WINDHOEK - THE Southern African Development Cooperation (SADC) member states have been urged to invest in trans-boundary water projects to address persistent shortage of the basic commodity.
The call came as member states sent representatives for a meeting held under the aegis of the eighth SADC River Basin Organisations (RBOs) workshop held in Windhoek, Namibia under the theme, “Securing Strategic Investments to Realise the Benefits of Trans-boundary Water Cooperation.”
Established in 2006, the SADC RBOs series of workshops are organised every two years with the aim of strengthening regional integration and cooperation.
Percy Misika, Namibia’s permanent secretary of the Ministry of Agriculture, Water and Forestry, while officiating at the event, called for stronger trans-boundary water cooperation in the region.
He pointed out all SADC members shared one or more river basins, with exemption of oceanic member states.
“These are resources available to us to transform our economies to the level of industrialised and developed nations. It however requires financial commitments if we are top realise such dreams,” Misika said.
He said investing in extensive water supply infrastructure was vital to ensure industrialisation and economic development.
“The only decisive tool to reduce poverty is investment in infrastructure development and the diversification of economies through manufacturing,”
Namibia’s Ministry of Agriculture, Water and Forestry hosted the RBOs workshop, convened by the Permanent Okavango River Basin Water Commission in collaboration with the SADC Secretariat, Global Water Partnership
Southern Africa (GWPSA).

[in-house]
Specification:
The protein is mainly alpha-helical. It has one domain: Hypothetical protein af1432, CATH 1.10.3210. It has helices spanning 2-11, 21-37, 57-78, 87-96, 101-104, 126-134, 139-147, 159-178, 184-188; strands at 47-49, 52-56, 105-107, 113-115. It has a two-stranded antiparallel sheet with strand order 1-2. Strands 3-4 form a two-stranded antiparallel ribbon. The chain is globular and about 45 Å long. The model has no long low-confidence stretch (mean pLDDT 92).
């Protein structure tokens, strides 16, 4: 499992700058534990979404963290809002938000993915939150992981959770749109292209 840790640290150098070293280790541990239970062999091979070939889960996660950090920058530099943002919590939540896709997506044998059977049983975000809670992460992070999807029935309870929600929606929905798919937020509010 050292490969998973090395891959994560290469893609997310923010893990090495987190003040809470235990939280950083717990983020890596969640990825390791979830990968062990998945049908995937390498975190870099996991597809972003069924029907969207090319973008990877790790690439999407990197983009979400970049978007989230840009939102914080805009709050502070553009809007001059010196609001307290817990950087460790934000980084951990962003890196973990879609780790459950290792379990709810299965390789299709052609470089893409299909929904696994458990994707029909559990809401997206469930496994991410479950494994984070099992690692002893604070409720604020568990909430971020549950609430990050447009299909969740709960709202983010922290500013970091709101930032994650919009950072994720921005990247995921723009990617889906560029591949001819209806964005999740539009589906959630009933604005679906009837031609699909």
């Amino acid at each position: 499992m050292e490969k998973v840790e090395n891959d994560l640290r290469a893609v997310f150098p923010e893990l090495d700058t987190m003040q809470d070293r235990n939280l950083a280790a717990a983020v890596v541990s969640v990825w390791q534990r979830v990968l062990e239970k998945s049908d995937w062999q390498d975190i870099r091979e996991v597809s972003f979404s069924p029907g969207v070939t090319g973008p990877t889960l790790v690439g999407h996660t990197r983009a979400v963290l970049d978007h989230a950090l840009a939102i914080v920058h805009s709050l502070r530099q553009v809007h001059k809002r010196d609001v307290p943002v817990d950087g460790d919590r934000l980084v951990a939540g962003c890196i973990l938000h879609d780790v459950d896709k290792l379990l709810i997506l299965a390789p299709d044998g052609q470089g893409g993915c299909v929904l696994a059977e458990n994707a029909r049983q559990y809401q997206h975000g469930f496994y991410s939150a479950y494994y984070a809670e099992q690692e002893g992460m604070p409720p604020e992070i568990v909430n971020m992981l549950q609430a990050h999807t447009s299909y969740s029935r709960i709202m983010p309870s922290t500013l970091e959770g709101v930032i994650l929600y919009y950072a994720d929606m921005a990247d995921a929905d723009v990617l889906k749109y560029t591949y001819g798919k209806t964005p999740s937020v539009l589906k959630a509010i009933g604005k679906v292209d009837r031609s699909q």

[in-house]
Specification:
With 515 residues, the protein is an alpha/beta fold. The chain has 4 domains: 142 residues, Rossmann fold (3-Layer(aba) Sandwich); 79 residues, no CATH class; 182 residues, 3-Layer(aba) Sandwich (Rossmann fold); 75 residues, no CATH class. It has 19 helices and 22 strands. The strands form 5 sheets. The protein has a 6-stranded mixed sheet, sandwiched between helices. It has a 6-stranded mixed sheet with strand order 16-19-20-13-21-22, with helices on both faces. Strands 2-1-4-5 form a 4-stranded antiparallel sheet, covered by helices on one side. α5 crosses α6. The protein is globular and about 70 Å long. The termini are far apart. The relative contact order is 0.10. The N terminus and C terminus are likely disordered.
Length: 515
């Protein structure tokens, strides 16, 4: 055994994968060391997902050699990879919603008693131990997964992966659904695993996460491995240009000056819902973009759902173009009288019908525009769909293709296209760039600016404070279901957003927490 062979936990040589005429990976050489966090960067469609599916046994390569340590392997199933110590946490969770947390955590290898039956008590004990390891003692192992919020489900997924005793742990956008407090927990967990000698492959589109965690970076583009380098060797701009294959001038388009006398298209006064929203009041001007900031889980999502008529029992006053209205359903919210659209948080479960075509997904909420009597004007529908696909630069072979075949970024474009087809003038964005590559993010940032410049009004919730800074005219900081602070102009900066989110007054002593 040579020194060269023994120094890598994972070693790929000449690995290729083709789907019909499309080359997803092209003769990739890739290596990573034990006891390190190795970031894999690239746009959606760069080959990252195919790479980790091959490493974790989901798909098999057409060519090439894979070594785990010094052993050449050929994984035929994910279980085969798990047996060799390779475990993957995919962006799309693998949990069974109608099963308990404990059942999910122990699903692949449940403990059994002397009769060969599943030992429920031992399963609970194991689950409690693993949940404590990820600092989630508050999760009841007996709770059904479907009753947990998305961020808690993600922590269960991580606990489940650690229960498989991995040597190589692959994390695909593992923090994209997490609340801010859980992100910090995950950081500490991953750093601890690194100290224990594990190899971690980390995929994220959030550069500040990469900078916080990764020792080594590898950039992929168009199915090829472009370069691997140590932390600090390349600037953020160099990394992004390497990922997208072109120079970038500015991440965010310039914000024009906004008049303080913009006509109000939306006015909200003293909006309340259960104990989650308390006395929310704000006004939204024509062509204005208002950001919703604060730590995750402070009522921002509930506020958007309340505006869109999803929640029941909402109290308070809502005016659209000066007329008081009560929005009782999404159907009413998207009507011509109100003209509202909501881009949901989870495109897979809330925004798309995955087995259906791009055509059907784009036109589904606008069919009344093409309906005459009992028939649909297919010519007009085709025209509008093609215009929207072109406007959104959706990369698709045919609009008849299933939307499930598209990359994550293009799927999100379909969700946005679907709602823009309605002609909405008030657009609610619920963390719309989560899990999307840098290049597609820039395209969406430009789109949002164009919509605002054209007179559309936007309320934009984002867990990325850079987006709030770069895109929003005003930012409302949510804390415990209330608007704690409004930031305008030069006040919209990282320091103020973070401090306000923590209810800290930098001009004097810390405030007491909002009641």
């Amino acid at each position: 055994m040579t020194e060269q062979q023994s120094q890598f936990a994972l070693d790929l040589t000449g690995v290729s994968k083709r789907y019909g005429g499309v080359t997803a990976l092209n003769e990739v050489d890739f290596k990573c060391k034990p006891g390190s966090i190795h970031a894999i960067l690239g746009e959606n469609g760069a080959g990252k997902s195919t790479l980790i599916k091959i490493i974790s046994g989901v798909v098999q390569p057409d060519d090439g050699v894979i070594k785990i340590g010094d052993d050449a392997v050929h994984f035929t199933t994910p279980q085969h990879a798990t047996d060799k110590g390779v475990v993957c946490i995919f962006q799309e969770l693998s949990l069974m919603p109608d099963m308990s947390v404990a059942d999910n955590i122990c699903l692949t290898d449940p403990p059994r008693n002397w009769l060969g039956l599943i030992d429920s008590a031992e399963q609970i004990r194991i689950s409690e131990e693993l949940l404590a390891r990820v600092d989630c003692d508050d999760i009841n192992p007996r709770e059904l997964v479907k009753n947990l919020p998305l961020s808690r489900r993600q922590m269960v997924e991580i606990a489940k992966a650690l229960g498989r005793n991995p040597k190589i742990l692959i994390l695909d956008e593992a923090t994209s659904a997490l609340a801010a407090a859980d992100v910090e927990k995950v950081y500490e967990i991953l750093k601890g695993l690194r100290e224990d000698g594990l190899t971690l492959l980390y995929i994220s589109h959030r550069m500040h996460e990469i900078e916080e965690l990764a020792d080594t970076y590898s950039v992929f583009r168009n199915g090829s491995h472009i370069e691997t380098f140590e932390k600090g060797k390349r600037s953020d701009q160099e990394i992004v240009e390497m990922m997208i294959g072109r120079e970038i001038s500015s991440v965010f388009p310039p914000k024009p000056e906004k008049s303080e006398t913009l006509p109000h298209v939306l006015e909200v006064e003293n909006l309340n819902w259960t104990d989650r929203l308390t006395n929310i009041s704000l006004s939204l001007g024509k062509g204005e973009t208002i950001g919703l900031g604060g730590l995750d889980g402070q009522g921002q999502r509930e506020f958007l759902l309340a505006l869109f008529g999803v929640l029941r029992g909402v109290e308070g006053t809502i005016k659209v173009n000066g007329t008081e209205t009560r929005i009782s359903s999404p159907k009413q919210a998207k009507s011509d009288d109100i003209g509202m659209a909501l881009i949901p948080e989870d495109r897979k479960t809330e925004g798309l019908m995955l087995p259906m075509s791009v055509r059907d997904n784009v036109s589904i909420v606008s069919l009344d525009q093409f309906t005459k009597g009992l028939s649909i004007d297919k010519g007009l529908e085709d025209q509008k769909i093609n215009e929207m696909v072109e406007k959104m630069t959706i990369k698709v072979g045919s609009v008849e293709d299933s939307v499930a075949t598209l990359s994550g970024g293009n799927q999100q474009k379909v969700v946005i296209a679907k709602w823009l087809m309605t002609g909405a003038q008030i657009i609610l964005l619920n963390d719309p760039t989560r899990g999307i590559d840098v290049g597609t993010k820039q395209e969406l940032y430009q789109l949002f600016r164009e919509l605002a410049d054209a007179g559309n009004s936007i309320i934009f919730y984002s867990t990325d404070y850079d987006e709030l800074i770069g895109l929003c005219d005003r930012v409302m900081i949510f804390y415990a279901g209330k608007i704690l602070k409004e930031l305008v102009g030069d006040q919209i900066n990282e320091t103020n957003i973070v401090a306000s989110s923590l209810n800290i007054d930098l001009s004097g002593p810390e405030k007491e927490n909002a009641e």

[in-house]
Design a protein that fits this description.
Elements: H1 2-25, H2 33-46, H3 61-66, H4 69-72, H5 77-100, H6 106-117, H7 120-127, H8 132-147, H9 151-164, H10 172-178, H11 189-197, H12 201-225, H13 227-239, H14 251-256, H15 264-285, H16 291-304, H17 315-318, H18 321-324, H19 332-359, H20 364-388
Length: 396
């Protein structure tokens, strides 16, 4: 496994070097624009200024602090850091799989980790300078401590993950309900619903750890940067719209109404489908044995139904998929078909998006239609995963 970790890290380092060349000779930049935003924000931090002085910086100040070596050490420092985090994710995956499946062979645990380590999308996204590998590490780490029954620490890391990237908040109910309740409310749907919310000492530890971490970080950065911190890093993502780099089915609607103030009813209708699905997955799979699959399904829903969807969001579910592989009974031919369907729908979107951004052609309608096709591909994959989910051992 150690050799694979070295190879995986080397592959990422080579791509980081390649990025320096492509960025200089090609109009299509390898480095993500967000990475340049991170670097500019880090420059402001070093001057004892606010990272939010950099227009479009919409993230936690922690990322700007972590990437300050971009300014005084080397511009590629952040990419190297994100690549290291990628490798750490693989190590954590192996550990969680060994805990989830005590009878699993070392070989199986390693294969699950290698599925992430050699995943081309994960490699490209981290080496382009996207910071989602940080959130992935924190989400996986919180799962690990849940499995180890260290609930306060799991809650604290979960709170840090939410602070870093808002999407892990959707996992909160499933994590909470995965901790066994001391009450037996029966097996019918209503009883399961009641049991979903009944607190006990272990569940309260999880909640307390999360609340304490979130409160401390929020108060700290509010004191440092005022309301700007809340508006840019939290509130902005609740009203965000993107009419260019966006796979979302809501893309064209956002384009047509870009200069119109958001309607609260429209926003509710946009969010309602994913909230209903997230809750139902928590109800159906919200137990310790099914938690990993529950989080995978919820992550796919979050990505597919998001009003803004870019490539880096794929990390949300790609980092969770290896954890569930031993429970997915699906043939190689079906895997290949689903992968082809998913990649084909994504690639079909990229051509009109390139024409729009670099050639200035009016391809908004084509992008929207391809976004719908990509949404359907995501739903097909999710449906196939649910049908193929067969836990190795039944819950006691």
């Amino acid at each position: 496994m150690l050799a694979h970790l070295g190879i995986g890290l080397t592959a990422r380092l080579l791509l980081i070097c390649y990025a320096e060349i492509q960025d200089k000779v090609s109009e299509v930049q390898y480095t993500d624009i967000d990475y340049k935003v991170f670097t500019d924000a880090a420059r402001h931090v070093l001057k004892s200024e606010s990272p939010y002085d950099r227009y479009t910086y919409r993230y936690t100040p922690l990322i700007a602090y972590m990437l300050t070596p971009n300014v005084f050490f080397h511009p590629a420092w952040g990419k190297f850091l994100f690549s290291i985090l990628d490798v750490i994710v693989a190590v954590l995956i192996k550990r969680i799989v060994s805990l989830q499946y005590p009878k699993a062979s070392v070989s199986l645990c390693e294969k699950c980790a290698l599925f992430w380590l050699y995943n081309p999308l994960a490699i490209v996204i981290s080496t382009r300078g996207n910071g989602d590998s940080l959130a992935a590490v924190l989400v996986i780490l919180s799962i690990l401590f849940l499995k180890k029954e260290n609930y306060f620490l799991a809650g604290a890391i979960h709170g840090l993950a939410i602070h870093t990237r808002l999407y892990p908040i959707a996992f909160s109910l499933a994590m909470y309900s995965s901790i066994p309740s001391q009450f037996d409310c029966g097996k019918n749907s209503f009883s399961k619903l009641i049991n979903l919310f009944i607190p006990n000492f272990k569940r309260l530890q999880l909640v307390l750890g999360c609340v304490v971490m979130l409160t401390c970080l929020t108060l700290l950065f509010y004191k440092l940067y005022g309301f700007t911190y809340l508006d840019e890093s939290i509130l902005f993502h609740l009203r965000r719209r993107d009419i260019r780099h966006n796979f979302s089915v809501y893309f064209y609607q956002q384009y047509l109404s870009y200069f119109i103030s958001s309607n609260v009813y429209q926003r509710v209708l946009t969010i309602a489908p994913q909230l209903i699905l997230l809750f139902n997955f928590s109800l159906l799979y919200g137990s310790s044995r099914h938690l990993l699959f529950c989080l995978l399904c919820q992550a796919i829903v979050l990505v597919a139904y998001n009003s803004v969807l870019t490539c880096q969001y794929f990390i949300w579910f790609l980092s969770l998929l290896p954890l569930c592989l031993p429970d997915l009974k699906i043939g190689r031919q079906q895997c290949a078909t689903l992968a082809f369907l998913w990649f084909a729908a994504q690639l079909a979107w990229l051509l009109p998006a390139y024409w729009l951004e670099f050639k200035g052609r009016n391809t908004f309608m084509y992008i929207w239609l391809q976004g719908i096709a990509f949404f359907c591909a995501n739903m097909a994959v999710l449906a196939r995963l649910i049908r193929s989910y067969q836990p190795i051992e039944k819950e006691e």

Abraham Nehemiah, undersecretary in the ministry, said securing investments in trans-boundary water infrastructure had become crucial for water scarce countries like Namibia.
He said to alleviate water shortages, Namibia was evaluating all possible conventional and non-conventional methods to provide water for domestic and industrial development.
“Most of the options available for us are pointing at tapping the shared water courses, which mostly are lying at our borders and are shared with riparian states,” Nehemiah said.
Riparian water rights refer to a system for allocating water among those who possess land along its path.
“SADC member states must develop strategies and much needed actions in mobilizing required resources to accelerate the pace of implementation of our national and trans-boundary water projects,” Nehemiah said.
SADC consists of Angola, Botswana, democratic Republic of Congo, Lesotho, Madagascar, Malawi, Mauritius, Mozambique, Namibia, Seychelles, Swaziland,
Tanzania, Zambia and Zimbabwe.
Phera Ramoeli from the SADC Directorate for Infrastructure Water Division,
benefits of trans-boundary water cooperation had not been communicated well in the region and empirical evidence to support the extensive existing literature on the benefits were lacking.
“There is need, therefore, to take further steps of ensuring that the benefits are not only understood but are also realised within the region,”
– CAJ News